THE MOST wide-ranging review of national business rates in a generation has been launched by the government, paving the way for changes to how businesses across England pay tax.
The review, set to report back before the 2016 Budget, will look at how businesses use property, what the UK can learn from other countries about local business taxes, and how the system can be modernised to better reflect changes in the value of property.
Danny Alexander, chief secretary to the Treasury, said the current system was in need of a “radical review” because the world of business had “changed beyond recognition” since it was created nearly three decades ago.
“We want to ensure the business rates system is fair, efficient and effective,” Alexander said.
The current system, where rates are charged based on the value of commercial property, is disliked by many small businesses on the High Street and some large retailers who feel they are at an unfair disadvantage against online rivals.
John Cridland, director-general of the CBI, said the current system is “outmoded, clunky and regressive and holding back the high street”, adding that the review provides an opportunity to go much further than the package of measures already announced in last year’s Autumn Statement.
“We’ll be making the case for removing the smallest firms from paying business rates completely, linking rates to CPI rather than RPI and introducing more frequent valuations,” Cridland said.
The announcement follows the government’s commitment in December 2014 to conduct a review of business rates and implement a £1bn package to reduce the cost of business rates in 2015/16, with particular support for the smallest businesses and the high street.
Chancellor George Osborne last year promised to cap the rise in business rates at 2%, while also extending the small business rate relief to 2014 and offering small retailers a £1,000 discount on business rates for the next two years. He also announced plans for the introduction of a “re-occupation relief” that will halve the rates for businesses moving into vacant premises and that businesses will also be allowed to pay their rates in 12 monthly instalments.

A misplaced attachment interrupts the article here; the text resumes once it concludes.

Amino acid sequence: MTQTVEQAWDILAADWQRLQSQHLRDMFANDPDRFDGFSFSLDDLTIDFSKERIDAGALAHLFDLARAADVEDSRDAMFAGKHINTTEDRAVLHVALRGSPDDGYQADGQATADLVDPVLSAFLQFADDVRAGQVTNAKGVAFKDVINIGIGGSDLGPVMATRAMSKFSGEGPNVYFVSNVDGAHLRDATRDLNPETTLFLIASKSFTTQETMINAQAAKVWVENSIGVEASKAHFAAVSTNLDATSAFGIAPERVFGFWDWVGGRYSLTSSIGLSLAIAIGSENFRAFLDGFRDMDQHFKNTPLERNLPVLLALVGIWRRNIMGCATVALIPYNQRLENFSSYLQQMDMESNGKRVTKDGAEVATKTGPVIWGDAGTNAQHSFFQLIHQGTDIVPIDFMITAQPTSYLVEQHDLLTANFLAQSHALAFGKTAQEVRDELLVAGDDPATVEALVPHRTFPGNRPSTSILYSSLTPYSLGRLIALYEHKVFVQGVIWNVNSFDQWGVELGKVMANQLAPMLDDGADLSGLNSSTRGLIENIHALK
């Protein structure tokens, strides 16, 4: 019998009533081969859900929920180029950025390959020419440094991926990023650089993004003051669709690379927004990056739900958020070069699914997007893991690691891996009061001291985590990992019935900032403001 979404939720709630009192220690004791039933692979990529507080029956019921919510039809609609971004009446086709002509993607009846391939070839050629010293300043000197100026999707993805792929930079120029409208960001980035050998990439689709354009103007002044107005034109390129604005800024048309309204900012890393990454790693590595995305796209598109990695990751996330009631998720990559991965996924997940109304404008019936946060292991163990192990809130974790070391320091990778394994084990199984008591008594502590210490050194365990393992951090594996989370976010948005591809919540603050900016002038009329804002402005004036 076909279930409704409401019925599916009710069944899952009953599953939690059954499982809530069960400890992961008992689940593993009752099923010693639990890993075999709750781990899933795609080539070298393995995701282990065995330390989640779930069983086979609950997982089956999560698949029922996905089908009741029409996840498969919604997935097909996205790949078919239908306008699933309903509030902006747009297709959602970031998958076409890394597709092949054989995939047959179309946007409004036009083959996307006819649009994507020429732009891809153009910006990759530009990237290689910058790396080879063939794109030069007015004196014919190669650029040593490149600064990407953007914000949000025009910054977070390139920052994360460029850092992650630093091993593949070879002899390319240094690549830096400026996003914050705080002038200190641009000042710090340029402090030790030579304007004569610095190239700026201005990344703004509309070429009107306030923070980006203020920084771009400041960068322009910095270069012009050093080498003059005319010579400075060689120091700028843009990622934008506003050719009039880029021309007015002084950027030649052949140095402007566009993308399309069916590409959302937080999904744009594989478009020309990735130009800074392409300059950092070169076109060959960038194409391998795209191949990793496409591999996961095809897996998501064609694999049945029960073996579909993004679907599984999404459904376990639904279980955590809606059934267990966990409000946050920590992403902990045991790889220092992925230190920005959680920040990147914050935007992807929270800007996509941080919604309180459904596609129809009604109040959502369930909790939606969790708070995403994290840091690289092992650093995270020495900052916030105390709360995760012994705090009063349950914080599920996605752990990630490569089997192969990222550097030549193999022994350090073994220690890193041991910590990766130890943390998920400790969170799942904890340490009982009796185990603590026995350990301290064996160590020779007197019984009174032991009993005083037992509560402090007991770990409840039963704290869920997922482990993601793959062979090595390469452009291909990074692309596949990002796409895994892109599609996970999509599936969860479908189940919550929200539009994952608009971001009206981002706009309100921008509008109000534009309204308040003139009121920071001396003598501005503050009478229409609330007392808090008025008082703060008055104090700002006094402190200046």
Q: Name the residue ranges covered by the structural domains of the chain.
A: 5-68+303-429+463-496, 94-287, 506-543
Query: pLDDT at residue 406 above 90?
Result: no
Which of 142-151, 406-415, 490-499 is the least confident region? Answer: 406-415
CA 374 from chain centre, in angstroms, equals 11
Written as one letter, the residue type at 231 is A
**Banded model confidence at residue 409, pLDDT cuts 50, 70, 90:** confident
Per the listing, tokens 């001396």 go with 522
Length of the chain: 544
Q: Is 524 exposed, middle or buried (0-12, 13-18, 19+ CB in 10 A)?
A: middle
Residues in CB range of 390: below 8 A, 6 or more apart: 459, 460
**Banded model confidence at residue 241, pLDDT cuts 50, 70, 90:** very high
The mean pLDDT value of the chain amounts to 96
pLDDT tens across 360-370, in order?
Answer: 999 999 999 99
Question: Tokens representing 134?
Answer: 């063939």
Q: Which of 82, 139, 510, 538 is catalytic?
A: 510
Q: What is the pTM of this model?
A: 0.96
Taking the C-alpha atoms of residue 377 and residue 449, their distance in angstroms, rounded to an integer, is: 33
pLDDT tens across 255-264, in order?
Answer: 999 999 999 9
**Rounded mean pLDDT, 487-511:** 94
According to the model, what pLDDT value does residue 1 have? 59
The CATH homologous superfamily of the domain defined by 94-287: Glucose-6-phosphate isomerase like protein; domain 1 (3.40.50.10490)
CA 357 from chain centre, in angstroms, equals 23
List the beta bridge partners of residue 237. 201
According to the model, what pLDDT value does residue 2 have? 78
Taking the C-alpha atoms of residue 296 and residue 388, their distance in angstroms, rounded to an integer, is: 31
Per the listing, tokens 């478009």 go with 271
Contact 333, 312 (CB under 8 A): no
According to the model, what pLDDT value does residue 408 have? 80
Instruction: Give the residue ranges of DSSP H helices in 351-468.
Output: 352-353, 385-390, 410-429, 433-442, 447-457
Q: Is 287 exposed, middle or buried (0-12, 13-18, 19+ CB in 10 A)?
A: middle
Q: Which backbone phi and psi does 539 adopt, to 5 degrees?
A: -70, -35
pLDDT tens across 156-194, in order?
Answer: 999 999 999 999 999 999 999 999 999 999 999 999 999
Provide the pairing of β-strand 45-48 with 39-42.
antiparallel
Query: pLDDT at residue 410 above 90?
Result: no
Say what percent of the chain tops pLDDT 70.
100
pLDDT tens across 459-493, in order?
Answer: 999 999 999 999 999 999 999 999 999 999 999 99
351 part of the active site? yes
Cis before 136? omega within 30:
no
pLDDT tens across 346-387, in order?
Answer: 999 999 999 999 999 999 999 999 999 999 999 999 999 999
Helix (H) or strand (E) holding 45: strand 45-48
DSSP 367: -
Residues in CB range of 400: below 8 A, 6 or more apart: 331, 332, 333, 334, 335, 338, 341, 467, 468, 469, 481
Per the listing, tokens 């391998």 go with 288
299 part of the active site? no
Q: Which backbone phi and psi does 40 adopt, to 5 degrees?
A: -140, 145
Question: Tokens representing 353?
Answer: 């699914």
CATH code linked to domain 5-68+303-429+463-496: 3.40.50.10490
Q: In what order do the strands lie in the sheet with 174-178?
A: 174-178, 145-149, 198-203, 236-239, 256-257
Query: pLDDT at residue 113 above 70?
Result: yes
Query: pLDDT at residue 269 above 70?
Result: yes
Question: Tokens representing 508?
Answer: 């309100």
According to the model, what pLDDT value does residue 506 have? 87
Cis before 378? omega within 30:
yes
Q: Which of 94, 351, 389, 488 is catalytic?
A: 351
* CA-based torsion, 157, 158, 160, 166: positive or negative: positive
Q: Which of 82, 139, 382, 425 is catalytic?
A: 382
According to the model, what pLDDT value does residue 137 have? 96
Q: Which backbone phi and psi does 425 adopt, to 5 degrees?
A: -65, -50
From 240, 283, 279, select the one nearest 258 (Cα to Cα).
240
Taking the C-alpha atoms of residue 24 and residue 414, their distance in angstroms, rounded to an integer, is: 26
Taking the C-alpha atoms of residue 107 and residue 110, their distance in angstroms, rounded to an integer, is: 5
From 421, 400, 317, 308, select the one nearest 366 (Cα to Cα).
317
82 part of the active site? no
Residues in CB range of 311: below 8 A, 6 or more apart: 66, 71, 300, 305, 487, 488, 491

John Longworth, director general of the British Chambers of Commerce, said the review of business rates needs to deliver “root and branch” reform of the system.
“The government is asking a lot of important questions in this review – for business however, actions speak louder than words,” he said. “Unless a root and branch reform of business rates is delivered at Budget 2016, business will regard this as a missed opportunity to tackle a huge brake on investment and growth.”
The review comes amid further signs the High Street continues to suffer from increasing online competition and changing consumer habits with a three-fold rise in the number of store closures last year. According to PwC research compiled by the Local Data Company, 5,839 shops closed in 2014 compared to 4,852 openings, which equates to a net reduction of 987 shops.
Shabana Mahmood, Labour’s shadow exchequer secretary to the Treasury, said Britain’s businesses need more than just a re-announced review.
“Labour will take immediate action by cutting and then freezing business rates for 1.5 million small business properties,” she said.
Tax breaks are a very enticing incentive for developing and managing a green management strategy, writes Graham Jarvis
The biggest threat of turmoil relates to uncertainties over the US November elections. The markets will have to seriously consider the possibility of Donald Trump being elected
Chancellor Philip Hammond has indicated that he will scrap predecessor George Osborne’s pledge to cut corporation tax to below 15%
Large businesses are increasingly ‘low risk’ when it comes to tax planning, says Pinsent Masons, the international law firm